• Monday, May 27, 2024
businessday logo

BusinessDay

Fears over plan to increase LPG price by terminal operators

There are fears that Nigerians may be faced with increase in the price of Liquefied Petroleum Gas (LPG) otherwise known as cooking gas.

According to industry sources, the price of the product may move from the present N3, 100 per a 12kg cylinder to about N4, 000 if the Federal Government fails to prevail on one of the terminal operators, said to be spearheading the increase, who recently received supply from the Nigeria Liquefied Natural Gas (NLNG) Limited.

However, a source close to the Department of Petroleum Resources (DPR), who craved anonymity, dismissed the increase fears, but agreed that terminal operators at one time or the other engage in subtle price increase, especially when they realise that their competitors do not have the product.

He said the marketers should ask the Federal Government to give directive that the selling price of the product to terminal operators should not be at the international price.

“What the terminal operators do”, according to him, “is that when one of them has the product and others don’t have, the one that has jerks up the price of the product. And when they all have they undercut one another by bringing down their prices to undermine themselves in order to attract customers.”

Speaking on the increase fears, the Nigerian Association of LPG Marketers (NALPGAM) said there is nothing to justify the increment.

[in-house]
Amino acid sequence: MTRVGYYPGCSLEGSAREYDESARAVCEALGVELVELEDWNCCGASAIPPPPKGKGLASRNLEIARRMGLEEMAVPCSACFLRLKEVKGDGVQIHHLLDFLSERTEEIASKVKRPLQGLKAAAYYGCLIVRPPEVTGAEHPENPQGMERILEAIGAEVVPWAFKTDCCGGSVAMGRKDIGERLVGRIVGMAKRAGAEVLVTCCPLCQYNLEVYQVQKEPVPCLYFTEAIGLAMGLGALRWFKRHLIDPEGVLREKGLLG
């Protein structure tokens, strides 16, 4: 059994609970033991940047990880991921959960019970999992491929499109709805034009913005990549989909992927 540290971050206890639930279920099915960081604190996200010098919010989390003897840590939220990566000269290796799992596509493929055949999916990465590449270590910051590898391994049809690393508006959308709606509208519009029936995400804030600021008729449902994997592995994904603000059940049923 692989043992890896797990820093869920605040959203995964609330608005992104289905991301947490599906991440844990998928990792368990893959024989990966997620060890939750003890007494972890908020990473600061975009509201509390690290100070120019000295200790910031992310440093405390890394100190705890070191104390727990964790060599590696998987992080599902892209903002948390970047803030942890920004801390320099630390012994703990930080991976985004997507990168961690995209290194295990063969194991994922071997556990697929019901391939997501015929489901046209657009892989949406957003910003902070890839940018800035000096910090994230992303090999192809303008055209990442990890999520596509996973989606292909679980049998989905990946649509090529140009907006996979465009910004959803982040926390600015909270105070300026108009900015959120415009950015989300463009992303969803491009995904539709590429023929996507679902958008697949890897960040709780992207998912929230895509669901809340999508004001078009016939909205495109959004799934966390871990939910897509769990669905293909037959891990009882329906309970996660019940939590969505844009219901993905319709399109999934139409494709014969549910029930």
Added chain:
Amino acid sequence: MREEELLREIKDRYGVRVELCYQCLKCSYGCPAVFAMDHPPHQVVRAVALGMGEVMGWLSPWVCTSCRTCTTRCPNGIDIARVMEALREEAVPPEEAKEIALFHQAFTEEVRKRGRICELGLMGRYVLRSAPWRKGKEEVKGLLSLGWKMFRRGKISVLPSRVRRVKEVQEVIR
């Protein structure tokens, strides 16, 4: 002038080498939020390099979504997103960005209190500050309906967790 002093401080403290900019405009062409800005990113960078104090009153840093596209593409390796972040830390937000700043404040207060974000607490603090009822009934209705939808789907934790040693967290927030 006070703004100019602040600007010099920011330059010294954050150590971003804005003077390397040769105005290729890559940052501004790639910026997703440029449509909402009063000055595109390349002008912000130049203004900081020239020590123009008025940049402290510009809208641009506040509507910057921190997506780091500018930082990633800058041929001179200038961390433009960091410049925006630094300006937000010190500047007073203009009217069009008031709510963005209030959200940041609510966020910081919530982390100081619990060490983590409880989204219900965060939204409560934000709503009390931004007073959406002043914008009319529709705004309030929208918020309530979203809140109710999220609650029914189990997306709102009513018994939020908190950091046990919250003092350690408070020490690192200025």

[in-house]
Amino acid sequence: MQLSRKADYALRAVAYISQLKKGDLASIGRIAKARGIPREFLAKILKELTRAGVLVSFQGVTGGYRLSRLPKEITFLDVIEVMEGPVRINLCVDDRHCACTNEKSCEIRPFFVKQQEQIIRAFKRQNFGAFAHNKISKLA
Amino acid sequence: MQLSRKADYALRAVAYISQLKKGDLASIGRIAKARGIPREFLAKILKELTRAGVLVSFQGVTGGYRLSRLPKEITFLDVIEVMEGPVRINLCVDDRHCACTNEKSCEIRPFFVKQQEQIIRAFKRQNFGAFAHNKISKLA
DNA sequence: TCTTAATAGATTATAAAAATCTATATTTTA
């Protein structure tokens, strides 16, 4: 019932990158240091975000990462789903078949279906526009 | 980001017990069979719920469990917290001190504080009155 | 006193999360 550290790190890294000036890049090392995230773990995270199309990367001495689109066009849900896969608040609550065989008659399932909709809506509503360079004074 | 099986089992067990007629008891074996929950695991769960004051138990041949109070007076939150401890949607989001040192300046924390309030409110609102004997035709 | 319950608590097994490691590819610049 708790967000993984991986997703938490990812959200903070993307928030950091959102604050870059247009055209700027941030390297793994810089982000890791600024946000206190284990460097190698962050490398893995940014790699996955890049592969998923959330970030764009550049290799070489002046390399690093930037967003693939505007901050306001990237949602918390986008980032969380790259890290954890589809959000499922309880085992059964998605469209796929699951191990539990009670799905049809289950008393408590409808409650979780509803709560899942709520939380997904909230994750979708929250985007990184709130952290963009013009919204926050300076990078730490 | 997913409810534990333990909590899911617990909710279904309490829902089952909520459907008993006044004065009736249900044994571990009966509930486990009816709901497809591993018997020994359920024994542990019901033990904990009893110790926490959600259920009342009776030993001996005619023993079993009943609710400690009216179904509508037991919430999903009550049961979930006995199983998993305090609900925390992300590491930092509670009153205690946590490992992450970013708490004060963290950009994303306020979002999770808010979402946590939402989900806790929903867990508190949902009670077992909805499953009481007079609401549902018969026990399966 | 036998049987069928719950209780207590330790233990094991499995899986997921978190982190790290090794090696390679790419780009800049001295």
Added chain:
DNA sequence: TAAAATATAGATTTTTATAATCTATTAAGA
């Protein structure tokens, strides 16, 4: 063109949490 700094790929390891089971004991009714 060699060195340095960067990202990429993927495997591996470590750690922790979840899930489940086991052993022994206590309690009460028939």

Basil Ogbuanu, national president, NALPGAM, alleged that Algasco LPG Services Limited suddenly increased the price of gas from N3.3 million per 20,000 metric tons (one LPG truck) to N3.5 million within one week, translating to an increase of the 12kg cylinder from N2, 700 to N3, 000 at the LPG plants.

He said that when Algasco was contacted they alleged that the Mont Belvieu LPG price at the international market had increased from $563 per metric ton on September 1 to $576 as at September 15.

According to the NALPGAM boss, even if LPG was a deregulated product, the price of crude oil, which is also one of the parameters used by NLNG to determine the domestic price of gas, is currently falling.

He said if the government fails to act fast his members would be forced to response to the development by increasing the retail price of the product by a commensurate margin and this may ultimately discourage government’s efforts at encouraging the use of LPG as alternative to kerosene and firewood.

“Due to the sudden price increase, our members nationwide demand further explanation as to what led to it. We, therefore, advise that the status quo remains in respect of the product price.”

 

OLUSOLA BELLO